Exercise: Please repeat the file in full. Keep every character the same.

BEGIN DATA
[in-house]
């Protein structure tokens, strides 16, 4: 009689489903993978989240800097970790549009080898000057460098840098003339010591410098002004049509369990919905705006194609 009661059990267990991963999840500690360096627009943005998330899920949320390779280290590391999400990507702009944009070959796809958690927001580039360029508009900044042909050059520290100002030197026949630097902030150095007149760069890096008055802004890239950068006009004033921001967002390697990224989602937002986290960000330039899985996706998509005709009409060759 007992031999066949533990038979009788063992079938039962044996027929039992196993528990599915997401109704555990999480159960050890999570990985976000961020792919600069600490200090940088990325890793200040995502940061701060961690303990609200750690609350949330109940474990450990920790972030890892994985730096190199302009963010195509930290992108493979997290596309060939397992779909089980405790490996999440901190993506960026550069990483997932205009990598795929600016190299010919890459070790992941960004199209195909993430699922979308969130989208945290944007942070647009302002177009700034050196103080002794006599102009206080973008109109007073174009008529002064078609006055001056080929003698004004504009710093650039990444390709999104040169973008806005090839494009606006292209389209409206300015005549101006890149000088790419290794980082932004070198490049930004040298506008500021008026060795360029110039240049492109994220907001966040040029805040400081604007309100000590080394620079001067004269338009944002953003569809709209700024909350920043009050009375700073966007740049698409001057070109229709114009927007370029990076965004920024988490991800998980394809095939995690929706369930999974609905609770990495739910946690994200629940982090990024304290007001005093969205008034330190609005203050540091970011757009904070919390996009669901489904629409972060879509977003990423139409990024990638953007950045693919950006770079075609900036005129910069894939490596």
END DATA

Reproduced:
[in-house]
């Protein structure tokens, strides 16, 4: 009689489903993978989240800097970790549009080898000057460098840098003339010591410098002004049509369990919905705006194609 009661059990267990991963999840500690360096627009943005998330899920949320390779280290590391999400990507702009944009070959796809958690927001580039360029508009900044042909050059520290100002030197026949630097902030150095007149760069890096008055802004890239950068006009004033921001967002390697990224989602937002986290960000330039899985996706998509005709009409060759 007992031999066949533990038979009788063992079938039962044996027929039992196993528990599915997401109704555990999480159960050890999570990985976000961020792919600069600490200090940088990325890793200040995502940061701060961690303990609200750690609350949330109940474990450990920790972030890892994985730096190199302009963010195509930290992108493979997290596309060939397992779909089980405790490996999440901190993506960026550069990483997932205009990598795929600016190299010919890459070790992941960004199209195909993430699922979308969130989208945290944007942070647009302002177009700034050196103080002794006599102009206080973008109109007073174009008529002064078609006055001056080929003698004004504009710093650039990444390709999104040169973008806005090839494009606006292209389209409206300015005549101006890149000088790419290794980082932004070198490049930004040298506008500021008026060795360029110039240049492109994220907001966040040029805040400081604007309100000590080394620079001067004269338009944002953003569809709209700024909350920043009050009375700073966007740049698409001057070109229709114009927007370029990076965004920024988490991800998980394809095939995690929706369930999974609905609770990495739910946690994200629940982090990024304290007001005093969205008034330190609005203050540091970011757009904070919390996009669901489904629409972060879509977003990423139409990024990638953007950045693919950006770079075609900036005129910069894939490596």